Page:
Increasingly complex optical devices demand computationally fast and memory efficient algorithms for modelling purposes. Finite difference beam propagation method (FD-BPM) is a popular numerical technique for simulating large network of optical components due to its computational advantages over classical numerical techniques such as Finite Difference Time Domain (FDTD) method. The BPM method is commonly applied in the Cartesian coordinate system. However when the boundaries of an optical component are not aligned to the Cartesian mesh, for example in the case of tilted waveguides, bends and Mach-Zehnder modulators, sampling on the Cartesian mesh introduces nonphysical staircasing noise. The noise can be minimised by using very fine mesh but that in return incurs large computational costs. To more efficiently reduce the sampling error an improved three-point formulas are used at the interface which take into account the distance between the boundary and the transverse sampling points [1–3]. Further increase in accuracy of the Cartesian BPM, particularly for strongly guided waveguides, is achieved by considering the longitudinal component of magnetic field which is commonly neglected in the standard FD-BPM method [4]. In contrast to Cartesian system, Oblique and Structure Related (SR) coordinate system offers an accurate and efficient alternative for modelling nonorthogonal structures and automatically satisfies . The sampling grid of the SR mesh is aligned with the component material boundary thus eliminating staircase error and allowing relaxation in mesh size. Various SR-BPM schemes have been introduced [5–11] and different schemes can be combined together to map out the optical component. Furthermore, the SR coordinate system ensures high accuracy for the simple paraxial BPM formulation even without the use of wide-angled schemes [10]. The oblique equation takes into account the propagation direction, which is usually parallel to the structure boundary. Hence the mode-mismatch error is small. One of the motivations for implementation in oblique coordinates is to remove the need for high-order wide-angle scheme which requires substantial computational resources. Wide-angle for oblique coordinate has been developed by Sujecki [11]. However the author has also confirmed that the wide-angle oblique approach should in principle only be applied to low refractive index contrast structures [12].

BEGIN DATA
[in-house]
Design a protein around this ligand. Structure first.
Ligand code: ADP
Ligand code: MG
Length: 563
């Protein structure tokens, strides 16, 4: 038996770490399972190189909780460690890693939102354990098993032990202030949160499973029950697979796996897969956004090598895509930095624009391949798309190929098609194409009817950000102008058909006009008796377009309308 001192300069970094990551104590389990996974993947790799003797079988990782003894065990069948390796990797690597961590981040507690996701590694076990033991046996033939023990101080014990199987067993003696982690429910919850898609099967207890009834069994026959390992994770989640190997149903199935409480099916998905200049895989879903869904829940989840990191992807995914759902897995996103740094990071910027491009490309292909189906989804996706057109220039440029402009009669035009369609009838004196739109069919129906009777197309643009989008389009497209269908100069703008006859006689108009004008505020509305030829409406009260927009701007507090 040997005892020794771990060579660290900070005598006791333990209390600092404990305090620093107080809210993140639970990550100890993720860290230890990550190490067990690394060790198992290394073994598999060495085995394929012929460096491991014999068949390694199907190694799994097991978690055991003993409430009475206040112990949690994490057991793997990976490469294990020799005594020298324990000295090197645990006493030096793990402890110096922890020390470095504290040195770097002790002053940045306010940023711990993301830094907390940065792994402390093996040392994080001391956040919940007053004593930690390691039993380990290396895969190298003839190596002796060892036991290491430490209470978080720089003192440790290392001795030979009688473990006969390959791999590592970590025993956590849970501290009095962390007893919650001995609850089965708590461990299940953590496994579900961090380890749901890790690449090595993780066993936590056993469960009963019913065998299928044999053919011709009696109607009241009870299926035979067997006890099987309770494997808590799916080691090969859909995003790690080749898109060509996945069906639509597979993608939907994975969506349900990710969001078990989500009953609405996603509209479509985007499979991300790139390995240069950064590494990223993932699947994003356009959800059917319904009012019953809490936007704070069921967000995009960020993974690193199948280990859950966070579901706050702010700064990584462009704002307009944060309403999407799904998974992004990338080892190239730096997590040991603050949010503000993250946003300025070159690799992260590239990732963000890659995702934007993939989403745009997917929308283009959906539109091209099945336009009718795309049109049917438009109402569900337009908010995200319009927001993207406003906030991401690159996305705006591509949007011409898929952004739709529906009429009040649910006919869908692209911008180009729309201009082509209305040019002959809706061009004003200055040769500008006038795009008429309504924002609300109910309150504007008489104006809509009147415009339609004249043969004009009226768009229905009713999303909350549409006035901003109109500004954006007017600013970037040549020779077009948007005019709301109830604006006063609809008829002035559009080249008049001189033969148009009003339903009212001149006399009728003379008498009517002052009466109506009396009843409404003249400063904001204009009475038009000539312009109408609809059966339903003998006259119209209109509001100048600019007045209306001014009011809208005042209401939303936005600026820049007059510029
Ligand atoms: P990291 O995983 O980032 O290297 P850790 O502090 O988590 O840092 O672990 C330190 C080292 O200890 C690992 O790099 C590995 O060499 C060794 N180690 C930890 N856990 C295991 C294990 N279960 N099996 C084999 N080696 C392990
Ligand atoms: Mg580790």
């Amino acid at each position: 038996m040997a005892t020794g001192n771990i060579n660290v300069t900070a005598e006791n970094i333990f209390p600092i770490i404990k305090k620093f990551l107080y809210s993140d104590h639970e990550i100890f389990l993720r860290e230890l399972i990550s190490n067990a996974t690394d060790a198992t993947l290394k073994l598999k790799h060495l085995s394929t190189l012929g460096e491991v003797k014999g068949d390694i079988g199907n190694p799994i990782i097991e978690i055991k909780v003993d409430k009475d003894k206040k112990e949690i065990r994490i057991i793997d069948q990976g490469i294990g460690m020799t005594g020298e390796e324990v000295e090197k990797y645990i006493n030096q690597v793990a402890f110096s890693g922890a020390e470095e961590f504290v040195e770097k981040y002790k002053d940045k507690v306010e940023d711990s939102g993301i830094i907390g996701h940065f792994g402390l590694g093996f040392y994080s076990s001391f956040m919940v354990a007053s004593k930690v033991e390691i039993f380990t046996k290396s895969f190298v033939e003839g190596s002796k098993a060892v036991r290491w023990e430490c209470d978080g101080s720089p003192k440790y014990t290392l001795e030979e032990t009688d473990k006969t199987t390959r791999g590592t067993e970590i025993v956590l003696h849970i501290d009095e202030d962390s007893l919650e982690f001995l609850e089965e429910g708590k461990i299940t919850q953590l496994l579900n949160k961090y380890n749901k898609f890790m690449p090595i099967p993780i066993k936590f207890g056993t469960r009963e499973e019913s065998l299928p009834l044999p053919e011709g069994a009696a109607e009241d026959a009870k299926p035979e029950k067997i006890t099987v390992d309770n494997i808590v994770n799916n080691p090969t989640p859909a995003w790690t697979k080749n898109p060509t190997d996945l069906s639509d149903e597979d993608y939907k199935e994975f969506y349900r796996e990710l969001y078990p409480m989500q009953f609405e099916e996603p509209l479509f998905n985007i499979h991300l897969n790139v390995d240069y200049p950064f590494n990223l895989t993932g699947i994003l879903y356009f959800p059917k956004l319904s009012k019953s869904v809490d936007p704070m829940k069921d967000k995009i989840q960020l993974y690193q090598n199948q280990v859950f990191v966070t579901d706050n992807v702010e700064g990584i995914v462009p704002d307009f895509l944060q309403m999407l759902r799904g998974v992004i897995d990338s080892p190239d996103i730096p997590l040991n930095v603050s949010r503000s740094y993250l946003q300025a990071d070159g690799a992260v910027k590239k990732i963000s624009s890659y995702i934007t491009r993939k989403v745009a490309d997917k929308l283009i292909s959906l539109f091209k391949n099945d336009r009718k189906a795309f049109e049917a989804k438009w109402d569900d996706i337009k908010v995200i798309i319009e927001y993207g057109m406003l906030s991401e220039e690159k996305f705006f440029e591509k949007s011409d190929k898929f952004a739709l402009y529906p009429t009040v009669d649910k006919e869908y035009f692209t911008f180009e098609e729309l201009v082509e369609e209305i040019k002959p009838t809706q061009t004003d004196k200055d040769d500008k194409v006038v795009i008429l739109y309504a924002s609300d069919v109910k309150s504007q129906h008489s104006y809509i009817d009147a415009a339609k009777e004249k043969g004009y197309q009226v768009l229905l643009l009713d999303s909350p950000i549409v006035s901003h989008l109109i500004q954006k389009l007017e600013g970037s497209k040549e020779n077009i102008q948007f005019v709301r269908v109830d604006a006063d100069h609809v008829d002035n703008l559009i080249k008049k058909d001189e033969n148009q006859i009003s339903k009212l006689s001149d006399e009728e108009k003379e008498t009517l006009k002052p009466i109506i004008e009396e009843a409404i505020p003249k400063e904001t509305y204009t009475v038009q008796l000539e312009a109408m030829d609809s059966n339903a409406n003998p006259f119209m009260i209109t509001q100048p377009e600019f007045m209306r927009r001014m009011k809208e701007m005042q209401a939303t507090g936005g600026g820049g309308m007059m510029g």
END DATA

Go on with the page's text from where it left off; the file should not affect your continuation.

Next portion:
So far SR and oblique BPM schemes have been implemented using implicit scheme such as CN. Whilst for the two-dimensional (2D) structures this is computationally fast, in the case of modelling three-dimensional (3D) structures the CN scheme uses iterative matrix solvers such as BI-CGSTAB or GMRES [13] and thus requires huge computational resources. More computationally efficient Alternate Direction Iterative (ADI) schemes [14] cannot be implemented in SR coordinates due to mixed derivatives in transverse directions and are limited to Cartesian meshes. Alternatively, Du-Fort Frankel (DFF) schemes provide larger step size and better stability condition than simple explicit schemes and can be implemented on a parallel computational platform thus providing computational efficiency for modelling realistic 3D optical components. The downside of the DFF scheme is the inherent spurious or “ghost” mode that can affect the accuracy and stability of the scheme and which can be alleviated by the right choice of parameters and initial fields [15, 16].